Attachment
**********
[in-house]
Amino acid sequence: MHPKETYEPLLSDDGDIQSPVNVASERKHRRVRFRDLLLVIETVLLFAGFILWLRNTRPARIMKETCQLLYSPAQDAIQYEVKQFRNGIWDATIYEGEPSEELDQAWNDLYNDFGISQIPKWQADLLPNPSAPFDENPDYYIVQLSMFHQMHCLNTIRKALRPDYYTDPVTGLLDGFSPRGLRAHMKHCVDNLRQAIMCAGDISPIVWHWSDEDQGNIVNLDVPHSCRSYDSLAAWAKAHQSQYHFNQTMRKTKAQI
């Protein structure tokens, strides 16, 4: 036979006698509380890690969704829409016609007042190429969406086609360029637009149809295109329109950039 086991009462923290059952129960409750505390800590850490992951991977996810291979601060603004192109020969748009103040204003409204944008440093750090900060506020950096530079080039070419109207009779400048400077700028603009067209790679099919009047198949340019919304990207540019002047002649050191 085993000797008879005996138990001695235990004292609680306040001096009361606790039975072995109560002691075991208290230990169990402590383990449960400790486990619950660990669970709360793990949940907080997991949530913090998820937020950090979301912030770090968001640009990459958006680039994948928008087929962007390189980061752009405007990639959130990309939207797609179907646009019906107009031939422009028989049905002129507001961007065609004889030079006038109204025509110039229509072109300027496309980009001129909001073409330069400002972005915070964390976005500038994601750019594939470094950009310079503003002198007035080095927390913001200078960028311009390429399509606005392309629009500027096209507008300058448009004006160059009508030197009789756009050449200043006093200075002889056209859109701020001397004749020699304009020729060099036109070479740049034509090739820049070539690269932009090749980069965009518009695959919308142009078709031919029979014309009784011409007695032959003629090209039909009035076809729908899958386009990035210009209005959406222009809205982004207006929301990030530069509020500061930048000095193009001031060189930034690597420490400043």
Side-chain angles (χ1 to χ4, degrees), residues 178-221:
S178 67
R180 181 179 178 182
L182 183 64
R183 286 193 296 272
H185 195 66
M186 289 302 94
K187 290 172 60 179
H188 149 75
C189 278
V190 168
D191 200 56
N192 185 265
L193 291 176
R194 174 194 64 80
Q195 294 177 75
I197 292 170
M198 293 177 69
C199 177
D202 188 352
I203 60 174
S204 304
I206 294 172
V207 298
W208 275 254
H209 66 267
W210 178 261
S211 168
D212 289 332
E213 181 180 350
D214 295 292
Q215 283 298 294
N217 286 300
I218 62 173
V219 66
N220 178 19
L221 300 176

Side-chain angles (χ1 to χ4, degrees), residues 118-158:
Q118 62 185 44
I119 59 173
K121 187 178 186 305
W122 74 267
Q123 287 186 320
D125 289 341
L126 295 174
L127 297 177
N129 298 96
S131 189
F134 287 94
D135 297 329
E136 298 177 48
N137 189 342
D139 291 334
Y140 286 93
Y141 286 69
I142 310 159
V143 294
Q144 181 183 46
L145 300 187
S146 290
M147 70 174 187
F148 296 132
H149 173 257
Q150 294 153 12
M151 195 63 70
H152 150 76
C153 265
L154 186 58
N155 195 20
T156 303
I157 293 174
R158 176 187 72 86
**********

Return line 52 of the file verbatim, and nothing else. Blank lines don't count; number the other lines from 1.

F134 287 94